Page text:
Coordinating Committee for International Voluntary Service

 

The International Voluntary Service (IVS) was begun after World War I, in 1920.  Its first project was rebuilding a village near Verdun, France, that had been destroyed during the war. It wasn't until 28 years later that the IVS evolved into what it is today. The Coordinating Committee for International Voluntary Service (CCIVS) is one of the truly great ideas to blossom after the Second World War. In a world desperate for peace and understanding between nations, the newly formed UNESCO helped establish this organization that promotes international volunteerism. The idea is simple. Organizations in countries around the world work with local communities to find needs. Then with the support of the locals, a short term project is planned, and an appeal to volunteers worldwide is sent out. The result is people from many countries coming together to help the local community achieve the projects goal. This was quite an accomplishment in the Post-War years, and during the Cold War. These projects were not restricted to developing economies. International Workcamps, as they're called, can be found to this day in Europe and the U.S, as well as in developing economies.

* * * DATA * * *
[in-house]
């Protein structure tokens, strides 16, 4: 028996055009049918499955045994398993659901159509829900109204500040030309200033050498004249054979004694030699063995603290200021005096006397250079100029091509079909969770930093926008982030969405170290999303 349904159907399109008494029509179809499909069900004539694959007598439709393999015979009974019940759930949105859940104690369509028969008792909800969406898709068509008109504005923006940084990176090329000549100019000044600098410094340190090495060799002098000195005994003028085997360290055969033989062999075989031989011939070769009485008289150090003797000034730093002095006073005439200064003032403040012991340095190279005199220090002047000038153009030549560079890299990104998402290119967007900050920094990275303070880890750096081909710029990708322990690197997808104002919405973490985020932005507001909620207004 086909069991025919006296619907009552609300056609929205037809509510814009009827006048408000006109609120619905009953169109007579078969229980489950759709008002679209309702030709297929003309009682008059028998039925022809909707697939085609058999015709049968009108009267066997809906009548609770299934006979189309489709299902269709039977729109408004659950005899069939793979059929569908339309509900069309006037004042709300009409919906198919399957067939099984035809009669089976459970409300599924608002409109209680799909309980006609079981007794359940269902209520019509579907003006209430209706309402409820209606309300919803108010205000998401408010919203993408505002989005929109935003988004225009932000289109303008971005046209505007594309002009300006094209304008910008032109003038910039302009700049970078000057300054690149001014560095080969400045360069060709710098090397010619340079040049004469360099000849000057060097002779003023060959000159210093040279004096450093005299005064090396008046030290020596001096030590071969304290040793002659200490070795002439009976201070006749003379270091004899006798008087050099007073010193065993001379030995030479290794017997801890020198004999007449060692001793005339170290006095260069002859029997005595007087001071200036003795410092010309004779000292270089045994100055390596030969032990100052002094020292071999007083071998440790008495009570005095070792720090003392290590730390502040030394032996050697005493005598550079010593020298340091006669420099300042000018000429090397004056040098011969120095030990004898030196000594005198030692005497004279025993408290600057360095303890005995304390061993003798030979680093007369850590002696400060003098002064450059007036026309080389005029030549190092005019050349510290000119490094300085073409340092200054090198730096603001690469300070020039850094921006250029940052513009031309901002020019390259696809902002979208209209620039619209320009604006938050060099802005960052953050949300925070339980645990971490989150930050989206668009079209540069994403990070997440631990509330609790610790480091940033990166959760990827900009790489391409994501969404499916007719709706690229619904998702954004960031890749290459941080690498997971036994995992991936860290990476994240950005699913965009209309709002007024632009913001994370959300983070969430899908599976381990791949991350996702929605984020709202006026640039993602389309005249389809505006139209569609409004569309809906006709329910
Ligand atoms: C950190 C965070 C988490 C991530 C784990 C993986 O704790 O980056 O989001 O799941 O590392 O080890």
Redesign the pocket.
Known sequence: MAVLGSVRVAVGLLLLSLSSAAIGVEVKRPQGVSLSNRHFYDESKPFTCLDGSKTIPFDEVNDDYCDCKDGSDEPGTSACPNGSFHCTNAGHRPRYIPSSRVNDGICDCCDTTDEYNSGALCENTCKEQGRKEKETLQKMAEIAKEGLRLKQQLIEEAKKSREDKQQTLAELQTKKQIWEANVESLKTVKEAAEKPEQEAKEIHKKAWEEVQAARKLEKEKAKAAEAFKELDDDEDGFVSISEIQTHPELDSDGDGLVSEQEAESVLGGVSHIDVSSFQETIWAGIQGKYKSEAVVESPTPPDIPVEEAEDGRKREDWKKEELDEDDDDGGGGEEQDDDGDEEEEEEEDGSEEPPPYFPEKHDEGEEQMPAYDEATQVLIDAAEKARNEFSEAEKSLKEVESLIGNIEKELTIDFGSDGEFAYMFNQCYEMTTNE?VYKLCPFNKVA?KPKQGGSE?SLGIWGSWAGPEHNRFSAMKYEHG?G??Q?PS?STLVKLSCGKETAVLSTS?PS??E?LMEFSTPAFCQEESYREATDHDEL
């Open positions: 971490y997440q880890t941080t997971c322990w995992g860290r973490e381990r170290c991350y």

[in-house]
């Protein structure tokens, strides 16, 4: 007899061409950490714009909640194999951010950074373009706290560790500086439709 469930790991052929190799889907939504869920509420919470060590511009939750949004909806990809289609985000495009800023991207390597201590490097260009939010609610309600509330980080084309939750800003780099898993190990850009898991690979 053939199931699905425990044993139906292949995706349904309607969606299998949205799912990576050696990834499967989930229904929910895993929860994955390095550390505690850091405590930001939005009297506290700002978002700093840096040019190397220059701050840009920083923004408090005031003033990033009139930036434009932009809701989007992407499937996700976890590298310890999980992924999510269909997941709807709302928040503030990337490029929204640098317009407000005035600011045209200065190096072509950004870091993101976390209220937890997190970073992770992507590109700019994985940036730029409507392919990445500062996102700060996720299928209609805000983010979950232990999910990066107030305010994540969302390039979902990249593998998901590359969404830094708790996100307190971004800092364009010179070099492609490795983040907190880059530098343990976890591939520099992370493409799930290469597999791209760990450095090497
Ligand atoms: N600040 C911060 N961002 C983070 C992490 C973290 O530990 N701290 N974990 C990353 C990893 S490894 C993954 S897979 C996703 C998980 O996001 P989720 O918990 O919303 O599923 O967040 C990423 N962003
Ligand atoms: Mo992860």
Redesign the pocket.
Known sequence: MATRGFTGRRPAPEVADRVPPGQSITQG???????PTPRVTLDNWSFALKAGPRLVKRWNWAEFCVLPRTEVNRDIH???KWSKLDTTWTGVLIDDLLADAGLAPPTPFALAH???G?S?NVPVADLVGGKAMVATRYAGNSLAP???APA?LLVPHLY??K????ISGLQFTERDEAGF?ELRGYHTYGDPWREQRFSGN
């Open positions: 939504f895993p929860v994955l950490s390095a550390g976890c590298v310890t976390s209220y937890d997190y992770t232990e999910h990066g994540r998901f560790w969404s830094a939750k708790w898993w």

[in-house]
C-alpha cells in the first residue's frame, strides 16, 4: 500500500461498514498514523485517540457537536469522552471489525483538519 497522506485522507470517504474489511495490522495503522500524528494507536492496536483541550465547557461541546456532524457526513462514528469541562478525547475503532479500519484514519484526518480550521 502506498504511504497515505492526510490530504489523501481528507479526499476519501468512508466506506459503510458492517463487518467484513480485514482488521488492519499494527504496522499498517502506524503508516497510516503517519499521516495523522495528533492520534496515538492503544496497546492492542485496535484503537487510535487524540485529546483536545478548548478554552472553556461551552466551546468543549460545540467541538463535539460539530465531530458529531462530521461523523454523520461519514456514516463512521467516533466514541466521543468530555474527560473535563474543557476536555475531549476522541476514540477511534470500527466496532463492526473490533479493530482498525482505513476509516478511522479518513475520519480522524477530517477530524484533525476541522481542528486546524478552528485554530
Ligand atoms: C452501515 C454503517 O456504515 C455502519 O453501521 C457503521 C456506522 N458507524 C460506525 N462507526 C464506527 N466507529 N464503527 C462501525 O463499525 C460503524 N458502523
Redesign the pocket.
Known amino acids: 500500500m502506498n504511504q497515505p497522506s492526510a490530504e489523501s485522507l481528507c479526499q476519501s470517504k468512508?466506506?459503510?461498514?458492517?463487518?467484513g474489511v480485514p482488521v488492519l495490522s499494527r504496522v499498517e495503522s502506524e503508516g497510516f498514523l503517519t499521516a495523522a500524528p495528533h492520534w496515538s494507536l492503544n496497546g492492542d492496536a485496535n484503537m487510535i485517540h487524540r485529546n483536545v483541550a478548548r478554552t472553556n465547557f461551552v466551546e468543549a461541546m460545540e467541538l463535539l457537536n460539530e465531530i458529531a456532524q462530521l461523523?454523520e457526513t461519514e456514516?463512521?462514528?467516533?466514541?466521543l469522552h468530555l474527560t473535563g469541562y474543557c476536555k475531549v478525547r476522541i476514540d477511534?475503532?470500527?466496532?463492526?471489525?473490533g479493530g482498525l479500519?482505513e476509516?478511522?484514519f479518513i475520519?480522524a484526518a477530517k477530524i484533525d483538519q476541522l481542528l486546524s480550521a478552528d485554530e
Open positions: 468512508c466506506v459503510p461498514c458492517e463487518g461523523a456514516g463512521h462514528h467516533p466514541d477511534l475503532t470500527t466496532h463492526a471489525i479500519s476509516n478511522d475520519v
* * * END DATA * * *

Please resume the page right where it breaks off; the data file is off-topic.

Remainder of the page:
We at ELI do not have group volunteerism as our primary mission, so we are only directly involved with one CCIVS program. We partner with the Kenya Voluntary Development Association, an active and exemplary member of CCIVS, representing everything that one could ask of this worldwide movement. There are organizations that specialize in placing volunteers with CCIVS projects. In the US, Volunteers for Peace (www.vfp.org) offers access to the full range of CCIVS projects. Guidelines for Inter-regional Volunteer Exchange can be found here.

Projects vary in length, but are generally 2-3 weeks. Costs are very low. Living conditions are generally communal and quite basic, but the spirit of working together towards a common goal alleviates any issues for most participants. Of course, as with any volunteer activity, the quality of the program depends on the organizational skills of the hosts. A volunteer should not go in with expectations of a high end tour! Be open-minded and remember that the experience is what you make of it.

Google Kevin O'Neill

 

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